All right, before the new season starts, and the usual number of revivals start production, may we learn a lesson that Major League Baseball picked up some years ago?
Back in the 70s, when most cities felt they needed new stadiums, they built ultra-modern, cookie-cutter circular monstrosities with little charm or architectural significance. Indeed, Riverfront in Cincinnati and Three River in Pittsburgh are virtually identical. That's the way baseball built until the '90s, when the powers-that-be in Baltimore wisely decided that the best ballpark was a new ballpark that looked like a charming old one, complete with asymmetrical walls and odd angles.
So was built Oriole Park at Camden Yards, which opened to raves. Ever since, cities building new stadiums with new materials, of course, but with a distinct attempt to mirror the old world parks.
So (bear with me -- I'm just about ready to make my point), would it spoil some vast eternal plan if this year's revivals just made new sets, new costumes, new lighting designs -- and kept the shows just the way they were way back when they were wonderful?
That's just one of the questions I'd like to ask this morning. Some others: * Do you think that Catherine Sloper of The Heiress knew how to do the Washington Square Dance? * Have you ever called Ticketmaster for tickets to Titanic? For one thing, the female voice doing the talking pronounces the theater as the Lunt-Fontaine. No, it's Fontanne. But the real kick is that she tells us that the show is "by nine-time Tony-winner Maury Yeston. I think what she means is that he won it for "Nine". The irony is that a nine-time Tony-winner was for a while mentioned for Titanic -- Tommy Tune, who might well now wish that he'd done it.
* If each summer Lincoln Center can hold a Mostly Mozart festival for classical music buffs, can't it also hold a similar type of celebration for the stagestruck -- maybe Mostly Maltby?
* Do you know who's running for the 5th Congressional District in Massachusetts? A guy whose first name is Rick -- which is fine -- but whose last name is Scapin. Could any Bay Stater who knows Moliere's irrepressible and not-quite-honest scalawag ever vote for a guy named Scapin?
* Have you heard what the next attraction at Rainbow & Stars will be? An Evening with James Beard, described as "a theatrical presentation with dinner saluting the Dean of American Cookery." Yeah? Sounds like dinner theater to me. Beard, by the way, once wrote a book called Beard on Pasta. Every time I see that title, all I can think is, "Throw it out!"
* Did you ever wonder how Ed Sullivan felt when he saw Bye Bye Birdie and heard a hymn to him? Michael David Harris tells us in his book, Always on Sunday, in which he quotes Sullivan after the opening: "Sylvia (his wife) and I sat there with all our friends staring at us. I only wanted the floor to open up and swallow us both." Now you know!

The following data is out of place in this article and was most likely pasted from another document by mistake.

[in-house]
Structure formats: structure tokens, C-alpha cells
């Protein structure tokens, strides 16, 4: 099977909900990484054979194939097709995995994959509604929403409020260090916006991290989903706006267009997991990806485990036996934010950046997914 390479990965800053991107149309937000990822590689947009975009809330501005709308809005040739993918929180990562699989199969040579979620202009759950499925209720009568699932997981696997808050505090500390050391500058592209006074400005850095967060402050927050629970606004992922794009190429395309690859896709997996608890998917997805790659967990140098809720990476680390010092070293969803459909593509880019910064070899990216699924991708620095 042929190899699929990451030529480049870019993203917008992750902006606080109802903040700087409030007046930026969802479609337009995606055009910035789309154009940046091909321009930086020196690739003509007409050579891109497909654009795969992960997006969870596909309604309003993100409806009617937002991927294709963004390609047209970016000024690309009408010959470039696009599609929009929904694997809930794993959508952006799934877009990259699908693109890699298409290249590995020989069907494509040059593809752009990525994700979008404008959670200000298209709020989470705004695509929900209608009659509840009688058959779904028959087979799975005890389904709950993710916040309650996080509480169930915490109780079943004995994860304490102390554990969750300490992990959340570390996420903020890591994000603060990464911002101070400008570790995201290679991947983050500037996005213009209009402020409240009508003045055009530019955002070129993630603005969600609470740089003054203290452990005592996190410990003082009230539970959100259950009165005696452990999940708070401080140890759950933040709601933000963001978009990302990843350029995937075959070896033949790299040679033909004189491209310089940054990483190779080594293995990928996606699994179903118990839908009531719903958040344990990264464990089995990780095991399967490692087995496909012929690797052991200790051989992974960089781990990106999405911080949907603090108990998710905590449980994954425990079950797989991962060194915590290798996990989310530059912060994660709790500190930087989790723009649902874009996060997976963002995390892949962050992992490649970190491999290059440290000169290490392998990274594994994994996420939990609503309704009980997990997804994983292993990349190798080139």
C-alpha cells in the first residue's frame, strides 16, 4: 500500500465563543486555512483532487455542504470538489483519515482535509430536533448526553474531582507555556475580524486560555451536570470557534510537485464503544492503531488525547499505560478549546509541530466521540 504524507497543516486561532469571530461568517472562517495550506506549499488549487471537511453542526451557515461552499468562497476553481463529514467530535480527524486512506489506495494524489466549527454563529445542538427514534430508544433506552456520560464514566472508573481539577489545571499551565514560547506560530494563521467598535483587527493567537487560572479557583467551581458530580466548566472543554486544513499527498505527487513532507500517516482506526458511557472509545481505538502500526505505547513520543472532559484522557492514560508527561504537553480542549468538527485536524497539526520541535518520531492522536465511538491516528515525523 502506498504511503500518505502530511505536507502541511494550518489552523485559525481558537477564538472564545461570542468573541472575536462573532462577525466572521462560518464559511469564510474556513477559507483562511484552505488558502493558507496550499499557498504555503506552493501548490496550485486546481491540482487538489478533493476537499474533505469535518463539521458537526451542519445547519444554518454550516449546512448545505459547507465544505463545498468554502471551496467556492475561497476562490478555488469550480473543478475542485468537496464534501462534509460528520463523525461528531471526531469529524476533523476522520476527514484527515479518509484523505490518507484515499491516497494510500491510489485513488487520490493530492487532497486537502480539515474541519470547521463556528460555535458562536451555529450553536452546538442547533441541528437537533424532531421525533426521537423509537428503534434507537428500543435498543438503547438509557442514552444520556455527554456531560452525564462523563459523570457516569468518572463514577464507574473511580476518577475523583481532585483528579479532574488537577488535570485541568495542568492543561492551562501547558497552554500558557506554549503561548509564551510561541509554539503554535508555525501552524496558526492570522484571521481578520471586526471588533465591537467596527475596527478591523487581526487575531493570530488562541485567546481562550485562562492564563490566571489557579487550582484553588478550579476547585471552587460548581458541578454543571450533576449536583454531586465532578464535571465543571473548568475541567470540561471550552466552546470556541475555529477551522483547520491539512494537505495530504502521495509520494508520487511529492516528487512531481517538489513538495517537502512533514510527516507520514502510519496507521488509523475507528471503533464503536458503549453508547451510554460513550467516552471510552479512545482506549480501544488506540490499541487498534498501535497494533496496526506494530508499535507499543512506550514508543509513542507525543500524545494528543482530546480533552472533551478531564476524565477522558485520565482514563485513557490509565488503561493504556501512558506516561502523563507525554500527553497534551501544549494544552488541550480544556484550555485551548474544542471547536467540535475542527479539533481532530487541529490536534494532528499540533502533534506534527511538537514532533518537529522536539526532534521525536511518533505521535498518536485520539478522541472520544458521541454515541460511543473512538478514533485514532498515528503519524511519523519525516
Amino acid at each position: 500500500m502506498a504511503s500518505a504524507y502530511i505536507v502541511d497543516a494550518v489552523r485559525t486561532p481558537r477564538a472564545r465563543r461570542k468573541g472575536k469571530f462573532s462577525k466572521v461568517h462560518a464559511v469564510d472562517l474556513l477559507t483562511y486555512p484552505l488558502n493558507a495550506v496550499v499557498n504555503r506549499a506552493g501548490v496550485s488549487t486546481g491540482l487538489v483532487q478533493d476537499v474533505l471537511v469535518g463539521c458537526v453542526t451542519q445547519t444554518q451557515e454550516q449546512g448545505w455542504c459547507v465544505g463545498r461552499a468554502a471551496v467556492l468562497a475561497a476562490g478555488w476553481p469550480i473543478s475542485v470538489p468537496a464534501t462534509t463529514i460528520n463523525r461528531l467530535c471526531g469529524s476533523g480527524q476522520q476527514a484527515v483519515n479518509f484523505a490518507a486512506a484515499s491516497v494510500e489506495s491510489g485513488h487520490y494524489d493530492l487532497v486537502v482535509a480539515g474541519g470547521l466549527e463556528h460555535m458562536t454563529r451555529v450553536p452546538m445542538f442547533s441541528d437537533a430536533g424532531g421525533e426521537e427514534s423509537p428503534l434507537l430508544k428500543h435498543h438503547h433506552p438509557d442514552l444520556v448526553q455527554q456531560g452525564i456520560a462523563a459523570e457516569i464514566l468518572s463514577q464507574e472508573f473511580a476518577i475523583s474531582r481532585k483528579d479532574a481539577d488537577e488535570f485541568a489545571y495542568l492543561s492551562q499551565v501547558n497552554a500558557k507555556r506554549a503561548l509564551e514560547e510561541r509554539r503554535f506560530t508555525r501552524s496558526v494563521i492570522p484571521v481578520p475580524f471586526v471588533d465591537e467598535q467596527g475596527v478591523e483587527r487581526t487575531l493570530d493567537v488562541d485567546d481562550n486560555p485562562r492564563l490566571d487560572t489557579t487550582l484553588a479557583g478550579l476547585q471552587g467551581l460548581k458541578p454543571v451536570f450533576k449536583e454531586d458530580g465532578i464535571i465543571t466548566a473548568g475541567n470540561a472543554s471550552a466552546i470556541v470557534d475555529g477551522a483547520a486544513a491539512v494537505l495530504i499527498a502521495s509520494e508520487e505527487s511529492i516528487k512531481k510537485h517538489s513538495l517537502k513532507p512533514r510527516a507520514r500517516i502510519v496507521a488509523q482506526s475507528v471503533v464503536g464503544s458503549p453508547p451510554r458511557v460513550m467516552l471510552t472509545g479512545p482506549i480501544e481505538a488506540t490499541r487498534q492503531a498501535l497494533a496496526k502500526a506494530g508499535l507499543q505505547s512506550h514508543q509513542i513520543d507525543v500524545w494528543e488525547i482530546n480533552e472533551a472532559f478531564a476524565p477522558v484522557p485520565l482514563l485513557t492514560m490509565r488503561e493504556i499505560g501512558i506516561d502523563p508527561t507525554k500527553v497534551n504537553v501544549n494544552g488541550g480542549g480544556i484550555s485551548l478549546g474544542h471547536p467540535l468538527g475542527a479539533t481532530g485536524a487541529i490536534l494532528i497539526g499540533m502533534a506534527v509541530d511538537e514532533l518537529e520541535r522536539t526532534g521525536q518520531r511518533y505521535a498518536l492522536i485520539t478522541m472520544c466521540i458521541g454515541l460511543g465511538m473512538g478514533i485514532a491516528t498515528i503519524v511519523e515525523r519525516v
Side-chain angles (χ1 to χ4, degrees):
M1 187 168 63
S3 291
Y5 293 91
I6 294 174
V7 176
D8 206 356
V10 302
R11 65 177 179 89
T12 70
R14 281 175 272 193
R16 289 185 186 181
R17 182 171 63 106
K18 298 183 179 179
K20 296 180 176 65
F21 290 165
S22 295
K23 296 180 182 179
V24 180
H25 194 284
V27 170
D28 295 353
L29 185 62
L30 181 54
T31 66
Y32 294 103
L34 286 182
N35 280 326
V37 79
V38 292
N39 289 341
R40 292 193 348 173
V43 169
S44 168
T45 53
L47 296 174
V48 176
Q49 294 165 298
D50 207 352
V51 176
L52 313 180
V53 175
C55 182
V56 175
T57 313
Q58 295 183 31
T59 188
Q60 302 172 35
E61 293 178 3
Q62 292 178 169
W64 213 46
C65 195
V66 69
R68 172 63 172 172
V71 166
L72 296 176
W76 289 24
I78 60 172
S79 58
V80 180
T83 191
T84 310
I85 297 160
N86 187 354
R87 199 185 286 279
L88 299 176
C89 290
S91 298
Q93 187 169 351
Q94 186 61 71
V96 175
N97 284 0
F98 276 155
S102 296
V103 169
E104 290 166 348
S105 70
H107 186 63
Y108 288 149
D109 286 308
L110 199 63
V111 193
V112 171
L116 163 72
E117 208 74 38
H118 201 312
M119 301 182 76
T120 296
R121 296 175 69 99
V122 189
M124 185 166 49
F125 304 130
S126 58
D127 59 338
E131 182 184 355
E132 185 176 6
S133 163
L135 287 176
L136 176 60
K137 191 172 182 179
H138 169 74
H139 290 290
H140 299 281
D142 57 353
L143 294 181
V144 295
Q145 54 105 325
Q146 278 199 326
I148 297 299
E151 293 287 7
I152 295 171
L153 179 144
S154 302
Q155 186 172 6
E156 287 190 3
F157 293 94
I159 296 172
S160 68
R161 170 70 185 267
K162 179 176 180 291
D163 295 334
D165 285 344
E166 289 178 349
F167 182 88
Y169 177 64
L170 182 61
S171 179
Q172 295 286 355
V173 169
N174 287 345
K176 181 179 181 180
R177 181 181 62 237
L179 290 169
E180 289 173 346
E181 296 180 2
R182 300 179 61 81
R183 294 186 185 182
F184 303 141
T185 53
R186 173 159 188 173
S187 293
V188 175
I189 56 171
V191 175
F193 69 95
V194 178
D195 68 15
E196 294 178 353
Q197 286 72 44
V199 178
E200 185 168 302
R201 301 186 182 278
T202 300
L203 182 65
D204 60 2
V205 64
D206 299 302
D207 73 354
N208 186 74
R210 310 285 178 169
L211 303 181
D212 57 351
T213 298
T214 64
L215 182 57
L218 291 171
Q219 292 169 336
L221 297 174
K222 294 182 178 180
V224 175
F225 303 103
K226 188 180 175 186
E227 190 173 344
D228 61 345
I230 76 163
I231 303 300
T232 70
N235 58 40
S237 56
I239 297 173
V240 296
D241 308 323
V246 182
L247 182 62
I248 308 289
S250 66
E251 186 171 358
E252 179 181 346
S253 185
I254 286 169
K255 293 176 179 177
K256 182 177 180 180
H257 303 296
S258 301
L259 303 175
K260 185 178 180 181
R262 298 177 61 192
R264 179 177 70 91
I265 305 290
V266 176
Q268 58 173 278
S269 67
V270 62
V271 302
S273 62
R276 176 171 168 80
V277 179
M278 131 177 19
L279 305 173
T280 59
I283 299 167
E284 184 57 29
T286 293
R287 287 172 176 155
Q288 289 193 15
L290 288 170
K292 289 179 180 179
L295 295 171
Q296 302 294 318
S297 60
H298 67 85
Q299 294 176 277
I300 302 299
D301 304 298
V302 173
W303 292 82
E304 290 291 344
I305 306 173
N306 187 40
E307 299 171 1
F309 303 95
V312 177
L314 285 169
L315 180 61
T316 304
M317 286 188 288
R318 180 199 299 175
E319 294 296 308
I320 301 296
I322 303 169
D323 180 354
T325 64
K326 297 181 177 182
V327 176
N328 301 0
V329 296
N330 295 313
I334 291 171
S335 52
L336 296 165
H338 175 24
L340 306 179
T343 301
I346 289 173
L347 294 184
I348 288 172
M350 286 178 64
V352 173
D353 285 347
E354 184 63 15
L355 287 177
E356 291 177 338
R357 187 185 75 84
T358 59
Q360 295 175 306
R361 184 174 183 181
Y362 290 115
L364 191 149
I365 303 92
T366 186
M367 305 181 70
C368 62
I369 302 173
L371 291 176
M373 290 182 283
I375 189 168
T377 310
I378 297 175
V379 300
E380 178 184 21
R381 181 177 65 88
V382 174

* Do you think Lancelot is exercising a strange kind of escape clause when he says that he wouldn't leave Guenevere "no, not in springtime, summer winter or fall"? After all, Arthur's already established that in Camelot, "winter exits March the second on the dot." Does that give Lancelot a 19-day window of opportunity in which he can dump Guenevere?
* Did you know that Dorothy and Jack Fields wrote South Pacific? No, you say, Dorothy wrote with Herbert, and of course it was Hammerstein and Logan who wrote the book to South Pacific. But back in 1972, Dorothy and Jack Fields indeed saw their South Pacific published. It was a travel book.
* Would you have ever imagined that one of our most distinguished playwrights would be a punch line for a Henny Youngman joke? But the Take-My-Wife-Please comedian liked to say, in the late '50s, "My wife looks this close to Marilyn Monroe. She looks like Arthur Miller."
* Do you realize that if you'd bought tickets for Milk and Honey, Hello Dolly, Mame, Dear World, and Mack & Mabel -- in other words, Jerry Herman's first five Broadway musicals -- you wouldn't have spent as much as you would have for a ticket to the three-person (with one bassist), sparse-set, little-costumed An Evening with Jerry Herman?
* And finally, have you seen Victoria Jackson and Mike Harris' new book, Dates from Hell? The two have collected 151 stories of horrible first dates -- one woman was picked up in a two-ton truck, which she had to drive when her date became inebriated; one man had his date leave him with her two young children, and not come back for hours. But here's the thing: Not one of the 151 stories involved a couple's going to the theater. Well, no wonder they were all doomed to failure! (And oh, one other thing: The book is subtitled "And a Few Moments Made in Heaven," because it lists four success stories in which first dates led to happy marriages. And guess where one of these couples went on their first date? Why, to the theater, of course.
-- Peter Filichia is the New Jersey theater critic for the Star-Ledger.
You can e-mail him at Pfilichia@aol.com